Words That Generalize
Word choice is often discredited as a major element of good communication, in favor of other elements such as body language, facial expressions, and tone of voice. But the words you use play a crucial role in causing and in resolving conflict. If you introduced your friend to a colleague by saying, “This is my best friend,” it would likely be met with a very different reaction than if you said, “This is my idiot friend,” even if you delivered your introduction with the exact same body language, facial expression, and tone of voice. In essence – words matter.
In fact, there are certain words that can play an outsized role in causing conflict and they mostly fall into one language category. Words that generalize often create or escalate conflict. These troublemakers distort the truth by taking information related to what is happening in this situation and applying it to all situations.
Example: “always…” / “never…”
“You always criticize me.” or “We’ll never get through this.”
A frustrated manager might declare, “you always come in late,” to an employee who showed up late to work today (or even several times). Even if the truth is that the employee did arrive late today and has arrived late three times in the past month, when the manager says, “you always come in late,” what they communicate is, “you always come in late, every single day, and you have never been on time, not even once.” The employee will then likely react to the word “always” by defending their own actions and providing every example of when they did arrive to work on time. So, “you always come in late,” escalates conflict and likely shuts down the communication between the manager and the employee because it is not true. It is false or exaggerated information, packaged in inflammatory language like “always” and “never.”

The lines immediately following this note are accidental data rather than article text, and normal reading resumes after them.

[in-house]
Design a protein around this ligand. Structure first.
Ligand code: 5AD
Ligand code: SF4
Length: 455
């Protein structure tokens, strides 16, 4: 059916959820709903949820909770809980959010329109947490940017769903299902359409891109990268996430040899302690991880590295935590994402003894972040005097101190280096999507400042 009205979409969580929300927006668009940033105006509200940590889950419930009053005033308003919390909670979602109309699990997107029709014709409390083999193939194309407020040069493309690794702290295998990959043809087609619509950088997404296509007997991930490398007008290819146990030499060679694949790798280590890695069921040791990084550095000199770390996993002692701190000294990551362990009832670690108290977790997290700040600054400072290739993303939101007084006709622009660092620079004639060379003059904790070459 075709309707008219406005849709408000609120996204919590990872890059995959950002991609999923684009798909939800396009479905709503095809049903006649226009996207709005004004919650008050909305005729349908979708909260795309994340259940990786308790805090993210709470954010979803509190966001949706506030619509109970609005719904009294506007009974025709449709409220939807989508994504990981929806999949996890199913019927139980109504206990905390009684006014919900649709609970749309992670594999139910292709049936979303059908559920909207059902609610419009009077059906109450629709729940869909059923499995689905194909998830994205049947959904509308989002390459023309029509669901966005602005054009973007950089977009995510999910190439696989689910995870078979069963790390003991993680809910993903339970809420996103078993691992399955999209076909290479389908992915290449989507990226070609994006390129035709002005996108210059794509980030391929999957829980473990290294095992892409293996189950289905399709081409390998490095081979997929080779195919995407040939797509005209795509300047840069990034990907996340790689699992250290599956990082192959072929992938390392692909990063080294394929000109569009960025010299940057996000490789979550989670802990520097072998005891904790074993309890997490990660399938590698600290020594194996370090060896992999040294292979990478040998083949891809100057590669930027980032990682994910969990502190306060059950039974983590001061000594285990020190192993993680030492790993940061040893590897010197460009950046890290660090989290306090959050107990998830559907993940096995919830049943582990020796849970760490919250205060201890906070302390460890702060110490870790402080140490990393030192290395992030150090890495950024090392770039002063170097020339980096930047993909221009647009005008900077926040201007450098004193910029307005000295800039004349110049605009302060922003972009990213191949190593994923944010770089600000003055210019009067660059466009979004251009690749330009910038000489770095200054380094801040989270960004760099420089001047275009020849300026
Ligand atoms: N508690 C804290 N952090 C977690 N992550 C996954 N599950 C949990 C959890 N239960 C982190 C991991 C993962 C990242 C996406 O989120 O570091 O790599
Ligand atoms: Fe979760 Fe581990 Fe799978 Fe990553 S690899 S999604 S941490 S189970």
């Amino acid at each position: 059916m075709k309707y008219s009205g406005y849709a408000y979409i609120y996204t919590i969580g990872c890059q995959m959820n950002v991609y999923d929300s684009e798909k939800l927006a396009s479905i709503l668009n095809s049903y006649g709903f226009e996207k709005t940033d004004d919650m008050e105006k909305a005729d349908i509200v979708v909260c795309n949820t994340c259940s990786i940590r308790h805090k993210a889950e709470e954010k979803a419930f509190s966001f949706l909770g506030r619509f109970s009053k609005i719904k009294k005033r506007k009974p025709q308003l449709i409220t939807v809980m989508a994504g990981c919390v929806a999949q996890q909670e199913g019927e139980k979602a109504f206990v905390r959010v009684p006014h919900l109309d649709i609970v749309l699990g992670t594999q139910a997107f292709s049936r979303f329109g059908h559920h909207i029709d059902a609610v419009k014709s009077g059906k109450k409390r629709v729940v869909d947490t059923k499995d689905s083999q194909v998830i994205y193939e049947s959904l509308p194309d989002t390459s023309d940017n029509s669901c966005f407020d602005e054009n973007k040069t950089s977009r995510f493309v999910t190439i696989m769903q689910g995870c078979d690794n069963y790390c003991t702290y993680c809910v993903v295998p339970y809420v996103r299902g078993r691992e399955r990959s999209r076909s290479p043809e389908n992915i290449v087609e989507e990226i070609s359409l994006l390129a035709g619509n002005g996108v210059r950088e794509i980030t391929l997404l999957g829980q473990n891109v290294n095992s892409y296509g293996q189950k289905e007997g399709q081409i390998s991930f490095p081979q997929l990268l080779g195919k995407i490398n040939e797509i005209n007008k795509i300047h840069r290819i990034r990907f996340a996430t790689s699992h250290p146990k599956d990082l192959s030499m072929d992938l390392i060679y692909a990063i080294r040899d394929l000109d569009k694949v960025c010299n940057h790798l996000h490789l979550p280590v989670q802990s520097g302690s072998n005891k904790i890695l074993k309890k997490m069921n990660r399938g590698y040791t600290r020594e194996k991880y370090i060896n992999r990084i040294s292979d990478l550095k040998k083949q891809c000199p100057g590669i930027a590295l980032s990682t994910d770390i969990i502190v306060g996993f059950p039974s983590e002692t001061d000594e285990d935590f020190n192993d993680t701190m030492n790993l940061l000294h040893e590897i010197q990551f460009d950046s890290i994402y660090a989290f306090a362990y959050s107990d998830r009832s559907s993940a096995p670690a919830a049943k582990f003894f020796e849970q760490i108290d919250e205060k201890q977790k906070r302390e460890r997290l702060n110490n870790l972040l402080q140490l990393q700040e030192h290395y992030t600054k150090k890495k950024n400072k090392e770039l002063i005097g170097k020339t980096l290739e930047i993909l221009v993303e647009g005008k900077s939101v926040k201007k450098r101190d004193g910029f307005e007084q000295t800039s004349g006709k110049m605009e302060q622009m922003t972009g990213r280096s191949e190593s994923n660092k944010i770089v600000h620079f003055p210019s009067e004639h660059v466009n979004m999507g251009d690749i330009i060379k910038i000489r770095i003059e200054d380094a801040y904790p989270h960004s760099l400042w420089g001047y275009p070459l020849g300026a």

If the manager’s goal is to instead focus the employee on the topic at hand – the employee’s attendance – then it is much more effective to omit generalizing words like “always” and “never,” and to instead stick to the facts. Saying, “You’ve been late three times in the past month,” is much more likely to keep the conversation on a productive track because it avoids blaming the employee for being late on days when they were, in fact, on time. Additionally, the employee is less likely to feel defensive because the facts of the situation, that the employee was late three times, are clearly stated and provide a basis for discussion.
Example: “All” / “Every” / “Any”
“All politicians are corrupt.” or “Every manager here only cares about performance.” or “There isn’t any money in the budget for this.”
Just like always and never, words like all, every, and any escalate conflict by generalizing information beyond the current situation. Someone might declare, “All politicians are corrupt” and there are likely many who would disagree with that statement. There are countless examples of politicians who perform with integrity, yet the message received is, “all politicians, throughout history, in every office and in every country, are all corrupt, and not one of them has behaved ethically.” The word all does not even have to be used to communicate the same thing. If someone said, “politicians are corrupt,” then the listener would likely infer that corruption applies to all politicians, and likely would not ask in return, “to which politicians are you referring?”
Declarations that use the words all, every, and any are often untrue, as in the example, “Every manager here only cares about performance.” This statement ignores the fact that some managers might also care about things other than performance and that some leaders may prioritize many other employee qualities just as highly as performance.
Phrases like, “There isn’t any money in the budget for this,” might be based in truth, but still limit options in a way that is unrealistic. There might be practical limitations to the budget, but saying, “there isn’t any money,” discourages exploration, when, there might be some money available or other creative ways to explore options that don’t tap into dollars and cents.
As a best practice, it is wise to avoid words that generalize. They distort the truth, create confusion, and can put people on the defensive. Instead, focus on the facts of the specific situation by starting with phrases such as, “In my experience…,” “I’ve noticed that…,” and “The facts of this situation are…” Because words do matter, it is important to choose them carefully.
Director of Programs